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Copycat (DVD Review)

24 Aug, 2008 By: David Greenberg


Prebook 8/27/08; Street 9/23/08
$26.98 DVD
Not rated
Stars Chloe Snyder, Mark Hengst, Andreas Beckett.

One of the points that is reiterated throughout director Andy Hurst's Copycat is that, in the twisted mind of serial killers, once they have committed a murder, they fall into a pattern, a particularly vicious cycle of almost compulsive behavior where the need to kill becomes insatiable, only relieved by more and more killing.

Given the public's ongoing — maybe media-driven — interest in serial killers and films about them, it almost begs the question whether the consistent stream of entries into this genre reflects or inspires the audience's seemingly insatiable taste for films of this nature.

Hurst and writer Ellis Walker aim high here. Perhaps they had in mind visions of David Fincher's accomplished, provocative and compelling Zodiac, which also explored the complex intellectual processes of the people involved in the hunt for a killer, those who can become almost victimized themselves, psychologically as opposed to those who are physically affected by the criminal.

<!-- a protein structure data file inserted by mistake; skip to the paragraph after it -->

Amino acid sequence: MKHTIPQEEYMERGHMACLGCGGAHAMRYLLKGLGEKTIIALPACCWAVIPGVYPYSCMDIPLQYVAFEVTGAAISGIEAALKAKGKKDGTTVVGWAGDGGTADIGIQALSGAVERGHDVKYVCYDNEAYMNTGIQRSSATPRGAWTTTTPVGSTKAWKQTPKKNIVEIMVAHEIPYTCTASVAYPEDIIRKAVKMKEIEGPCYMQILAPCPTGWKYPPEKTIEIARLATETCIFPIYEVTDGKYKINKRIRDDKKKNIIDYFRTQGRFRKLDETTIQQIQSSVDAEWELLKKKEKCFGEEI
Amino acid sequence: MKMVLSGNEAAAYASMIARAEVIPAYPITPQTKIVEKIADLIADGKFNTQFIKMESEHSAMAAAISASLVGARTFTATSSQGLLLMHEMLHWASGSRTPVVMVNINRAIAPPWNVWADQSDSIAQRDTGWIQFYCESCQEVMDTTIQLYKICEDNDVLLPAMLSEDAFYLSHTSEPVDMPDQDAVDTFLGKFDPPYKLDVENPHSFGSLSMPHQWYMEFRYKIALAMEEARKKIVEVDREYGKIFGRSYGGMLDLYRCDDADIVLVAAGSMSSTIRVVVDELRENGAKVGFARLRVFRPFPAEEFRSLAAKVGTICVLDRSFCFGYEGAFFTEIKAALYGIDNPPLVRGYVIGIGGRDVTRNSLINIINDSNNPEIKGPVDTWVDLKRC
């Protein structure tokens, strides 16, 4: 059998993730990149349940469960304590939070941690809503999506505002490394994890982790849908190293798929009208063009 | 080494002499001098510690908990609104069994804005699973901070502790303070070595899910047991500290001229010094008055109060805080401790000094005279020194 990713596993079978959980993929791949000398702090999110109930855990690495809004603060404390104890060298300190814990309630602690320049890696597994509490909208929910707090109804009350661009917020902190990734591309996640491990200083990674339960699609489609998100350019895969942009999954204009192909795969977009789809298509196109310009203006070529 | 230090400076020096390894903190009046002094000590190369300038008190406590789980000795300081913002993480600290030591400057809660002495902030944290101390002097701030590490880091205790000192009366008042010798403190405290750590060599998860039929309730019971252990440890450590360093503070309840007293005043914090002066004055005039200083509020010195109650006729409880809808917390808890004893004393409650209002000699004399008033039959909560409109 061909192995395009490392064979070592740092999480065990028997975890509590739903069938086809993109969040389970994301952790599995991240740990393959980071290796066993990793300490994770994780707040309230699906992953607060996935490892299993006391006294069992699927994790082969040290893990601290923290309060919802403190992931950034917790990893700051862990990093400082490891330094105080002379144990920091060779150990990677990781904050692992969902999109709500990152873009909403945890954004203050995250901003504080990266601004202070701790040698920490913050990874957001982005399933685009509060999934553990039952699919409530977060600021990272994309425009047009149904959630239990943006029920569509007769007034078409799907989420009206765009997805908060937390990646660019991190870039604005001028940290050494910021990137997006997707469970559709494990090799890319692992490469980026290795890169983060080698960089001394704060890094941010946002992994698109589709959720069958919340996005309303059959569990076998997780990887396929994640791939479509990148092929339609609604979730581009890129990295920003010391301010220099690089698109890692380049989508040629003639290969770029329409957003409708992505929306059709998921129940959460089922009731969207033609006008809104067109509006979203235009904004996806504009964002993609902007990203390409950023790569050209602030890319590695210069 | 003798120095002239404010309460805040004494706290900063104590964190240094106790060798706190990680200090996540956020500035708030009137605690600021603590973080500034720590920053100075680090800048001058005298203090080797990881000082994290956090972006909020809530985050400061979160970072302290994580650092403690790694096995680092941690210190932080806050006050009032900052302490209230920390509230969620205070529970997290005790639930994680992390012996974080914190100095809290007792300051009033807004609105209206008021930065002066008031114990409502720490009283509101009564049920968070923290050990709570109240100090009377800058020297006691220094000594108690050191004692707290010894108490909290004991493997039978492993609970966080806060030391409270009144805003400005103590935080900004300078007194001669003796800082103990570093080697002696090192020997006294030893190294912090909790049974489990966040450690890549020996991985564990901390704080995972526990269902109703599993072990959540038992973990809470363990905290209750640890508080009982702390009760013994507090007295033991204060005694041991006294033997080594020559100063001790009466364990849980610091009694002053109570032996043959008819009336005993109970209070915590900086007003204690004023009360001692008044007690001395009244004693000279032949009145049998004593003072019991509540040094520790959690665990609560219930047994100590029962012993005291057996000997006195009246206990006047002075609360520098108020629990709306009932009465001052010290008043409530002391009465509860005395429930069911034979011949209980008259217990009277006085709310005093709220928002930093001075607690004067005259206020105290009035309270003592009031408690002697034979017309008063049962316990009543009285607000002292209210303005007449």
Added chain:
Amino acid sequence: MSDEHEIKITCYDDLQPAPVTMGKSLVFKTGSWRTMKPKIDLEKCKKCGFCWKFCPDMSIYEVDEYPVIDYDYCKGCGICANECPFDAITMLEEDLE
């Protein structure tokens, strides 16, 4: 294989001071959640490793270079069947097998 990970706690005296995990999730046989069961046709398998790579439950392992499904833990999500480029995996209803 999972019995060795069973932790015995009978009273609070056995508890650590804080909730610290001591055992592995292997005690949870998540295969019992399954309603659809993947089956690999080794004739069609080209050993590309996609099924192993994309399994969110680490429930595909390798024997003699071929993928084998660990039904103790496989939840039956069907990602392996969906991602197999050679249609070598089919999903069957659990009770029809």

The film, originally titled Diary of a Serial Killer (referring to the pages of the journal the killer leaves as clues) bears only a passing resemblance to 1995's Copycat, starring Sigourney Weaver and Holly Hunter. The story involves a vulnerable investigative journalist (Snyder) drawn into a game of cat and mouse with the serial killer.

Relentlessly grim, gory and unpleasant, the film is actually less of a conventional narrative and more of an excuse to produce gratuitously extended re-enactments depicting the exploits of some of the most notorious serial killers in our nation's history.

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